“The evidence we are generating for regulators will be sufficient for our market access strategy”
Regulatory decisions are at the top of priority lists for MedTech entrepreneurs both in the US and Europe. Selection of the right pathway and preparation of required submission dossiers are time-consuming and costly and constitute a necessary condition for market access. Late-stage start-ups agree, nonetheless, that it is far from sufficient, and payers themselves corroborate this perspective. In a recent Kx Advisors study, 100% of interviewed executives for major US payers agreed going beyond the evidence required for regulatory approval is key for market access strategy. Payers increasingly require demonstration of patient value not only with differentiated clinical efficacy and safety but through increased compliance and improved patient outcomes and satisfaction. They are also seeking additional sources of data, such as real-world evidence, insurance claims, and adverse event reports. MedTech companies should plan and pre-empt these requirements by carefully designing their studies for a payer-targeted set of endpoints as early as possible and generating evidence with not only regulators but also payers in mind.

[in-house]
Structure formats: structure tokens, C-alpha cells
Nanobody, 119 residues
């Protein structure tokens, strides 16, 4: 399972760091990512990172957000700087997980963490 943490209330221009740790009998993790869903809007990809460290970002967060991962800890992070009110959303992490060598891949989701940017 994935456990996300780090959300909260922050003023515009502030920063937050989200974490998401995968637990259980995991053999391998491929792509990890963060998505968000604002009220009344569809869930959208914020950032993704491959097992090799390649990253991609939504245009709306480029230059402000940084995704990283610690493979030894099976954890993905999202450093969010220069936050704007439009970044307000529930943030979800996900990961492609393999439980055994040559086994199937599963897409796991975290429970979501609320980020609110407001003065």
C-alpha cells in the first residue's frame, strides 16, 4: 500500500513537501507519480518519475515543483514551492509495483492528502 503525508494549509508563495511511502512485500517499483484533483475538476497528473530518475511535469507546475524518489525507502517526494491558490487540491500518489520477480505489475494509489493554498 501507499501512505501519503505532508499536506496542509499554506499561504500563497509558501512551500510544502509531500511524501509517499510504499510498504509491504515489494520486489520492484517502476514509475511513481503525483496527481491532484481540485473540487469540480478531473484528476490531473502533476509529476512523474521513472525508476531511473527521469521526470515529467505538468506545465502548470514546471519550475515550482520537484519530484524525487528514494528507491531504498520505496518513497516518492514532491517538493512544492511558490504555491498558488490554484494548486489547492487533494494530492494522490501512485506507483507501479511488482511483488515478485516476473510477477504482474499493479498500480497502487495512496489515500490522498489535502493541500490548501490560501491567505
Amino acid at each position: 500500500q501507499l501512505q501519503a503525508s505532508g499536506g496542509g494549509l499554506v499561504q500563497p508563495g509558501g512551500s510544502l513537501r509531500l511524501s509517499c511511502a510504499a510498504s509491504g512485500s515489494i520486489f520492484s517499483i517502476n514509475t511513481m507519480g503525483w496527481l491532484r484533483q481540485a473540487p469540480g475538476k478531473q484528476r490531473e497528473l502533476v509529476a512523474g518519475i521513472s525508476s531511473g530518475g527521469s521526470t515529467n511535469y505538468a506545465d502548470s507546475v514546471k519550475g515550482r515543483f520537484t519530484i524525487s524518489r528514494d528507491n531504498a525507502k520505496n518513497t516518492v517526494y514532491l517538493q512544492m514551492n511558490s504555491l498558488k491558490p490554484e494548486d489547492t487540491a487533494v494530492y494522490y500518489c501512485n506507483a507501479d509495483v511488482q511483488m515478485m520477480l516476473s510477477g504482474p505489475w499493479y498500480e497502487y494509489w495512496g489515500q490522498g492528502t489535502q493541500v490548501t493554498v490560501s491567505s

“There is an established price for devices like ours”
Existing pricing and reimbursement benchmarks provide valuable insights for market access strategy, as showing cost-effectiveness in comparison to the current standard of care is an important part of any MedTech company’s economic narrative. However, payers’ focus is shifting towards a more holistic view, with greater interest in:
- improved patient outcomes
- demonstrated longer-term value
- ease of use